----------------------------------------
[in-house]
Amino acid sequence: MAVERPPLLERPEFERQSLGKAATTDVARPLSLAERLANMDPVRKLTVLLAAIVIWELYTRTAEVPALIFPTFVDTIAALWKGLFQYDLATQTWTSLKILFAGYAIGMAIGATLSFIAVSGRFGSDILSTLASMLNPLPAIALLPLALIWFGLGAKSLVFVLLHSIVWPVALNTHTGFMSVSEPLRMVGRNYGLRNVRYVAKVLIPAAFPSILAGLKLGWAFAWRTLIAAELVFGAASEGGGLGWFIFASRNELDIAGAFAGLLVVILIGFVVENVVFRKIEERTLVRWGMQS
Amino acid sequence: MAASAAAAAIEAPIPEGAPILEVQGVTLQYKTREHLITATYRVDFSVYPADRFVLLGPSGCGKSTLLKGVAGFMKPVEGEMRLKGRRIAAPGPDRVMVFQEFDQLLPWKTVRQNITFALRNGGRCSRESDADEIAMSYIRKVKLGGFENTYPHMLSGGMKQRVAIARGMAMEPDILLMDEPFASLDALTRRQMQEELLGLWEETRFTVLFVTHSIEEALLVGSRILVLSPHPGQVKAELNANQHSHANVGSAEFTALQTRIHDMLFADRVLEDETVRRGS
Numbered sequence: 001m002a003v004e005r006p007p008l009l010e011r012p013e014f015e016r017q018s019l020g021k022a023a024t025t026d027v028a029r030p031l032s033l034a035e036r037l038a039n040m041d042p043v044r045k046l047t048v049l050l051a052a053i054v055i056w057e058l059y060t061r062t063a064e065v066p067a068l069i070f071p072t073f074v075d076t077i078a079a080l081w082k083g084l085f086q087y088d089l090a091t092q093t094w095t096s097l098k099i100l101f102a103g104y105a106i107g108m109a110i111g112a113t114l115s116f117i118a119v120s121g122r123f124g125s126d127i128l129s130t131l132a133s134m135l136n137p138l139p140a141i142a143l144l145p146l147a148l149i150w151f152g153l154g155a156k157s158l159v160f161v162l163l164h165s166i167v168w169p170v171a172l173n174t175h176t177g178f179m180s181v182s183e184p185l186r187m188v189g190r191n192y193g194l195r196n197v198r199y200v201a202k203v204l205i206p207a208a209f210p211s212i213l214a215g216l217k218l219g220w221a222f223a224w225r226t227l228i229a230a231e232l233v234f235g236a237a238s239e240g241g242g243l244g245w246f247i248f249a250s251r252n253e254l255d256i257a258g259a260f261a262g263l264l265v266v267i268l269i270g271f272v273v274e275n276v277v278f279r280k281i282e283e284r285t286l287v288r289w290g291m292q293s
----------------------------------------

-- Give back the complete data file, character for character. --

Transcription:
[in-house]
Amino acid sequence: MAVERPPLLERPEFERQSLGKAATTDVARPLSLAERLANMDPVRKLTVLLAAIVIWELYTRTAEVPALIFPTFVDTIAALWKGLFQYDLATQTWTSLKILFAGYAIGMAIGATLSFIAVSGRFGSDILSTLASMLNPLPAIALLPLALIWFGLGAKSLVFVLLHSIVWPVALNTHTGFMSVSEPLRMVGRNYGLRNVRYVAKVLIPAAFPSILAGLKLGWAFAWRTLIAAELVFGAASEGGGLGWFIFASRNELDIAGAFAGLLVVILIGFVVENVVFRKIEERTLVRWGMQS
Amino acid sequence: MAASAAAAAIEAPIPEGAPILEVQGVTLQYKTREHLITATYRVDFSVYPADRFVLLGPSGCGKSTLLKGVAGFMKPVEGEMRLKGRRIAAPGPDRVMVFQEFDQLLPWKTVRQNITFALRNGGRCSRESDADEIAMSYIRKVKLGGFENTYPHMLSGGMKQRVAIARGMAMEPDILLMDEPFASLDALTRRQMQEELLGLWEETRFTVLFVTHSIEEALLVGSRILVLSPHPGQVKAELNANQHSHANVGSAEFTALQTRIHDMLFADRVLEDETVRRGS
Numbered sequence: 001m002a003v004e005r006p007p008l009l010e011r012p013e014f015e016r017q018s019l020g021k022a023a024t025t026d027v028a029r030p031l032s033l034a035e036r037l038a039n040m041d042p043v044r045k046l047t048v049l050l051a052a053i054v055i056w057e058l059y060t061r062t063a064e065v066p067a068l069i070f071p072t073f074v075d076t077i078a079a080l081w082k083g084l085f086q087y088d089l090a091t092q093t094w095t096s097l098k099i100l101f102a103g104y105a106i107g108m109a110i111g112a113t114l115s116f117i118a119v120s121g122r123f124g125s126d127i128l129s130t131l132a133s134m135l136n137p138l139p140a141i142a143l144l145p146l147a148l149i150w151f152g153l154g155a156k157s158l159v160f161v162l163l164h165s166i167v168w169p170v171a172l173n174t175h176t177g178f179m180s181v182s183e184p185l186r187m188v189g190r191n192y193g194l195r196n197v198r199y200v201a202k203v204l205i206p207a208a209f210p211s212i213l214a215g216l217k218l219g220w221a222f223a224w225r226t227l228i229a230a231e232l233v234f235g236a237a238s239e240g241g242g243l244g245w246f247i248f249a250s251r252n253e254l255d256i257a258g259a260f261a262g263l264l265v266v267i268l269i270g271f272v273v274e275n276v277v278f279r280k281i282e283e284r285t286l287v288r289w290g291m292q293s